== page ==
Beyond extensive media coverage of the Islamic State group's crimes and the US-led alliance bombing of Iraqi sites claimed to be under IS control, lurks a massive ticking time bomb, named internally displaced persons.
According to the latest Iraq report from the United Nations' Office for the Coordination of Humanitarian Affairs (OCHA), 57,000 children reside in camps.
"Of the 2.47 million IDPs across Iraq, an estimated 720,000 are school-age children between the ages of six to 17 years, and an estimated 123,000 children between the ages of four to five years."
You can easily get lost in figures, even when they are produced by a reliable source or a UN body. Most of the reports on IDPs cover the period starting from January 2014, which immediately raises an important question - what about the huge number of the IDPs forced from their homes in the 11 years between the 2003 invasion and the violent liquidation of mass protests in the four central provinces at the end of 2013?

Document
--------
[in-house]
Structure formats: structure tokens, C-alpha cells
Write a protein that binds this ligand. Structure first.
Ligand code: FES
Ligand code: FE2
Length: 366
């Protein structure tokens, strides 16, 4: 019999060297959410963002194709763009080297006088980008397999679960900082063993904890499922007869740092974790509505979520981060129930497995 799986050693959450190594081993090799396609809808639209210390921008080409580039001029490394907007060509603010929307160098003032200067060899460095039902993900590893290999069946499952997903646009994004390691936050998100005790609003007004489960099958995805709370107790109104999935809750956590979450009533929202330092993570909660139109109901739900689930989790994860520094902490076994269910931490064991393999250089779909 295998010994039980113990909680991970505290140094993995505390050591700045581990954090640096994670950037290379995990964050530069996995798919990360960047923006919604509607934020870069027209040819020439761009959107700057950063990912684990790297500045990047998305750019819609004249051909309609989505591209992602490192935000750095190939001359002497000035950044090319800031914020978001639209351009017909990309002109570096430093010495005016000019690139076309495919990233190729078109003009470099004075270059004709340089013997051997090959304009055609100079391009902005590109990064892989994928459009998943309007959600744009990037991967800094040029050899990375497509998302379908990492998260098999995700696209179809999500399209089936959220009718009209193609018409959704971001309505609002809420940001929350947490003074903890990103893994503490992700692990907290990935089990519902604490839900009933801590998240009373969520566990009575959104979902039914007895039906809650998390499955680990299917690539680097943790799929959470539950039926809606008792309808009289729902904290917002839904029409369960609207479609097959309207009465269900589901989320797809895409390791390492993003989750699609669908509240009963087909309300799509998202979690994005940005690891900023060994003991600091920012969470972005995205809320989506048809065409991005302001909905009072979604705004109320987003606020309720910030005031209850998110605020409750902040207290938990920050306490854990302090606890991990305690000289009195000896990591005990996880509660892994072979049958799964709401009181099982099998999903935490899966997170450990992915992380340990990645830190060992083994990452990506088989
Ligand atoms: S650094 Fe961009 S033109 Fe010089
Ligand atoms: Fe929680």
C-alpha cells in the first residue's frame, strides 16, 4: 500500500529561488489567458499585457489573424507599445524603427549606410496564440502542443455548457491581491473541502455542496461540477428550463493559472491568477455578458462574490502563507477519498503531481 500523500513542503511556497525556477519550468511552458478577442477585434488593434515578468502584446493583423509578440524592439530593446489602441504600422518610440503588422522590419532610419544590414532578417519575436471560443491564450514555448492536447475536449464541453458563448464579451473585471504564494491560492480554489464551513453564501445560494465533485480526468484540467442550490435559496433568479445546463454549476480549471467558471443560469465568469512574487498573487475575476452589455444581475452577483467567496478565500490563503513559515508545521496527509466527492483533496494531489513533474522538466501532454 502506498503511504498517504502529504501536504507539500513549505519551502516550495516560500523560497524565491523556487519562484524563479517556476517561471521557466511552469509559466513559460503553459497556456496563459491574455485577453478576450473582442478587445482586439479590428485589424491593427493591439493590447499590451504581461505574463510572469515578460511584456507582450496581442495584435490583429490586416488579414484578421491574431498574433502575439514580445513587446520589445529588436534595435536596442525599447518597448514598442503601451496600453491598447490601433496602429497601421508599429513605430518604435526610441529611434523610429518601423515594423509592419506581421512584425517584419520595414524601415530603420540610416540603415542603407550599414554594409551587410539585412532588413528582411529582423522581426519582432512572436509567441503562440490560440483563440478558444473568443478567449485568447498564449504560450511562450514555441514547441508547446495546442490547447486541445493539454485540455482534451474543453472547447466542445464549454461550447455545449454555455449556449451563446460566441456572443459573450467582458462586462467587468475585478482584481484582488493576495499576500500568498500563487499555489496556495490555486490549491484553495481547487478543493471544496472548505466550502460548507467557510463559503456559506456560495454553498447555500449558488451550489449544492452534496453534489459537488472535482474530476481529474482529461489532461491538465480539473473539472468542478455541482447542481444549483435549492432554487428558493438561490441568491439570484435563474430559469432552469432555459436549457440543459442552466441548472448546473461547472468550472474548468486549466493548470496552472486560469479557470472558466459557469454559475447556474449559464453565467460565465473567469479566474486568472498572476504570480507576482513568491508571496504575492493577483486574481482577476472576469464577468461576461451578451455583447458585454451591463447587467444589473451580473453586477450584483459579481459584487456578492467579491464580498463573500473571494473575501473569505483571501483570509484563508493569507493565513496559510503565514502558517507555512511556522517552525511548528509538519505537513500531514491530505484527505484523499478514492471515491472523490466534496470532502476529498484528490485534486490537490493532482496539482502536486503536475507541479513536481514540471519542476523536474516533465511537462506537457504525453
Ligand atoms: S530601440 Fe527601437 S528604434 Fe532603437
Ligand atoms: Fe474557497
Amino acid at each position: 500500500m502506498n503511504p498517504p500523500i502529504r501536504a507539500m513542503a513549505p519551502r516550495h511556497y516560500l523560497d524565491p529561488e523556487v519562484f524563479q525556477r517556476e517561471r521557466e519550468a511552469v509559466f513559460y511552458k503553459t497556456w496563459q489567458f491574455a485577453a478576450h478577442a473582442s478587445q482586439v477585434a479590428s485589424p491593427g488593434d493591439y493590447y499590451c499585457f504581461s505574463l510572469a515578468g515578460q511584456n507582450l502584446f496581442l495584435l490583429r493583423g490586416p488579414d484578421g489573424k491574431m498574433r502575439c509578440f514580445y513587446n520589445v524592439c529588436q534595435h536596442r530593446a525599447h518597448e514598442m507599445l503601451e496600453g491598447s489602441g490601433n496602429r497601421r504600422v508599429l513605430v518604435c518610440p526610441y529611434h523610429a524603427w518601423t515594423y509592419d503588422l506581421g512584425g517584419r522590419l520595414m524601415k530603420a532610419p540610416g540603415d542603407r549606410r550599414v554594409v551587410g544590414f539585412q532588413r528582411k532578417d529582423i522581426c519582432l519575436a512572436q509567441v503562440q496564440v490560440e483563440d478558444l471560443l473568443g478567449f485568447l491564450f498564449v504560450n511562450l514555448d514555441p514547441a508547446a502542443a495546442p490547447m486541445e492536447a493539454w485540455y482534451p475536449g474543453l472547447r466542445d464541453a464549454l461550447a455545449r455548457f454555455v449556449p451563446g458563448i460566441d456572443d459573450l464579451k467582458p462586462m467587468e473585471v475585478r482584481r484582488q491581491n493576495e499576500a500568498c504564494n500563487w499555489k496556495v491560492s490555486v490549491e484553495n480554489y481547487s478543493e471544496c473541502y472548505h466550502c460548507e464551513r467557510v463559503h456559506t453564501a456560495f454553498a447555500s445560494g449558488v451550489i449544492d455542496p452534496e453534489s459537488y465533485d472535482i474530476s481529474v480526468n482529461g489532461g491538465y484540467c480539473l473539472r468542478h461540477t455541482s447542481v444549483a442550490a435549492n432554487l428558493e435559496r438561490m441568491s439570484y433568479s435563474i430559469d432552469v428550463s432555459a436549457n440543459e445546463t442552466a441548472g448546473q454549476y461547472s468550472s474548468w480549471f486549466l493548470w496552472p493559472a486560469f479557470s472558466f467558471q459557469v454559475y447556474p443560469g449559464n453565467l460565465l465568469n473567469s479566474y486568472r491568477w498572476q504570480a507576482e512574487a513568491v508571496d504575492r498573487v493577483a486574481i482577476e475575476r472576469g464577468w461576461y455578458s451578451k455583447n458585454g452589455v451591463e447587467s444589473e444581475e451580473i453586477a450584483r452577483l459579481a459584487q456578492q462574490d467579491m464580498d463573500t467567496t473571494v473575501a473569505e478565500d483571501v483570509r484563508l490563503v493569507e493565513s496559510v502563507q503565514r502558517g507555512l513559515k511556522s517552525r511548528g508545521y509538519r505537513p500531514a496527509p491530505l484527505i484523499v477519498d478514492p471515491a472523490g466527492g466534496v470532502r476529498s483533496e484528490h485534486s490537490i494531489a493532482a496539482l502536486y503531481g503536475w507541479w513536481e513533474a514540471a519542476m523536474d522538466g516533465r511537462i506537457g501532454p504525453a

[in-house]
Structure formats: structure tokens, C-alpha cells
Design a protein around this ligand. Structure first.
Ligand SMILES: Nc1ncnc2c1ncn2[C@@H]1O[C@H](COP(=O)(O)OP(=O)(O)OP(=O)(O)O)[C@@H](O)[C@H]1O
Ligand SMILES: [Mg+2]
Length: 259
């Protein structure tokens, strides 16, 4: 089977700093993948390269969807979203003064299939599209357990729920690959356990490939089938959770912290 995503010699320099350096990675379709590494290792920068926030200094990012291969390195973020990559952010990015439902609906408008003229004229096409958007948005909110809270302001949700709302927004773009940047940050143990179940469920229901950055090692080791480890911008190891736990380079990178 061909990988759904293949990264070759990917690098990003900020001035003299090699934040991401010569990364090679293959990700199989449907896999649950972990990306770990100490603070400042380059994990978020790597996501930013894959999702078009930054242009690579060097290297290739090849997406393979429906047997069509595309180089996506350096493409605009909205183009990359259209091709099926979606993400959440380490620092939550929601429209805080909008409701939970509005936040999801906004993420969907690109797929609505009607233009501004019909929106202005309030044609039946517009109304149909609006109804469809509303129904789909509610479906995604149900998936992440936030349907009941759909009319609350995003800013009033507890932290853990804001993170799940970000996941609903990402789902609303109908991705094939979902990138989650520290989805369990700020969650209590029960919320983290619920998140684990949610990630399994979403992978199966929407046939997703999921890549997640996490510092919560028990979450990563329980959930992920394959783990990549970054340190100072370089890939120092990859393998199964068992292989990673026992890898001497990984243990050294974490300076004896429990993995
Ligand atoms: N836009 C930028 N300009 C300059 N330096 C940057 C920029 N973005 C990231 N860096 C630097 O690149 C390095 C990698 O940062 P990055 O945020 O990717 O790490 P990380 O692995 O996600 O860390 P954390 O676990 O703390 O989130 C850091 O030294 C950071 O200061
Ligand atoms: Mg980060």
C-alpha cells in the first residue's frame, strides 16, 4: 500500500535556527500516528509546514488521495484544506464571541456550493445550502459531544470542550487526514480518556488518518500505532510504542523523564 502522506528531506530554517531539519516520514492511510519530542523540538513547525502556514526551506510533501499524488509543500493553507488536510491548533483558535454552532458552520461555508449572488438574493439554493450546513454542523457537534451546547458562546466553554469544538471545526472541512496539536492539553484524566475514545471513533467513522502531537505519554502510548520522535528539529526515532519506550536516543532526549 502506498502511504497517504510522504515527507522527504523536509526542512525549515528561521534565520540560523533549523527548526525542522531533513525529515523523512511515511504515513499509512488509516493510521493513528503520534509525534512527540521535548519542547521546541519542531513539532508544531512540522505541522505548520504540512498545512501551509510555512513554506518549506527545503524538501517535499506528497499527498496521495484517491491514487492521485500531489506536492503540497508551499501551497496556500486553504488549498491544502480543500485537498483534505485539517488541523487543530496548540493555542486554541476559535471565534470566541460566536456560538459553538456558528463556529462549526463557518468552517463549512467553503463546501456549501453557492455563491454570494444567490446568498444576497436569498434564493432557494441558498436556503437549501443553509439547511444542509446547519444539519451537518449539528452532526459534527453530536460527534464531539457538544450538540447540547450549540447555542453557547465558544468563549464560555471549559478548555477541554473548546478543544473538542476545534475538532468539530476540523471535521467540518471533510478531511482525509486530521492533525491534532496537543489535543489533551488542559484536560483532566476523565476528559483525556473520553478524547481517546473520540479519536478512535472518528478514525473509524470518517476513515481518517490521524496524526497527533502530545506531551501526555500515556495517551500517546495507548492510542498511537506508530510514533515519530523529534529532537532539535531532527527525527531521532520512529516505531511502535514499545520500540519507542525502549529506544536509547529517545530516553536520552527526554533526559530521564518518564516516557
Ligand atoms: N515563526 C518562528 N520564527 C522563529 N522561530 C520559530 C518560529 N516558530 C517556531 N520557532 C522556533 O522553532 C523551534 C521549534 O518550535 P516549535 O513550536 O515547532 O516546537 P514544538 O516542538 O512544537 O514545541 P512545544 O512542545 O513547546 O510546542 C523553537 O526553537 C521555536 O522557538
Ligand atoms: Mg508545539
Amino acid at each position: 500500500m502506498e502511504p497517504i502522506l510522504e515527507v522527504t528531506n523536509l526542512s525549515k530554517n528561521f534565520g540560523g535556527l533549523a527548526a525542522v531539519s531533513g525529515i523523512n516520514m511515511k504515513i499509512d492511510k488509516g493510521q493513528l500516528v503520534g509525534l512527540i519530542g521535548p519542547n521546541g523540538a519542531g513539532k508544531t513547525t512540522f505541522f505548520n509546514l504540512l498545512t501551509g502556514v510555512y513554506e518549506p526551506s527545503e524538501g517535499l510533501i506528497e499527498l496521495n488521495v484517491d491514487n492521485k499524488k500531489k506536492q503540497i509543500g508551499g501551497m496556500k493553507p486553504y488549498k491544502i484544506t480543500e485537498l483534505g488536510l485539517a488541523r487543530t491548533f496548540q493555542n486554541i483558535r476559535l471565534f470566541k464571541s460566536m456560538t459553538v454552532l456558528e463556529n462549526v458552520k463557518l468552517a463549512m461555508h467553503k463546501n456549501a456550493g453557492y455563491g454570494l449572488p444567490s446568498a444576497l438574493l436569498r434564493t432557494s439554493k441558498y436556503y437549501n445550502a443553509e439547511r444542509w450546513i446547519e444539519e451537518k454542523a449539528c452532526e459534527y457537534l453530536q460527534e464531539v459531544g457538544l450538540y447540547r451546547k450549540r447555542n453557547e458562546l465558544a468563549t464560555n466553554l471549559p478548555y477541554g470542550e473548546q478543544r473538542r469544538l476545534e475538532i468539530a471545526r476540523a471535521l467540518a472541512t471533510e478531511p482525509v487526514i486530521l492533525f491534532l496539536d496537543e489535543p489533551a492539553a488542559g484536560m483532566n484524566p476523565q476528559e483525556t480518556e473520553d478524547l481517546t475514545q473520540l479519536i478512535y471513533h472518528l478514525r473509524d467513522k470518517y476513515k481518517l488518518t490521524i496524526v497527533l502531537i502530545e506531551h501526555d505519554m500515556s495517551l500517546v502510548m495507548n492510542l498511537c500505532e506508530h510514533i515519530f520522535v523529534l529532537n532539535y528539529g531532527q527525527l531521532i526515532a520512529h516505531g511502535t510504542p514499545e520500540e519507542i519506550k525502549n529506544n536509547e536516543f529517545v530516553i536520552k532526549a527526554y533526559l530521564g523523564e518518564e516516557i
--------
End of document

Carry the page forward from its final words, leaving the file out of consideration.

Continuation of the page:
The Internal Displacement Monitoring Centre (IDMC) reported that in 2010 there were 2.8 million people displaced within Iraq?
Iraq's IDP situation ranks second only to Syria in scale and seriousness.
One in four of Iraq's 33 million population have become either IDPs or refugees.
Some of them have suffered forced displacement twice if not three times.
Mapping Iraq's IDP situation, which ranks only after Syria in the scale of humanitarian emergencies on many levels - access to shelter, food, security, jobs, and children's education - lead us to examine the effects of such calamity on social cohesion and development, with children's education as a starting point.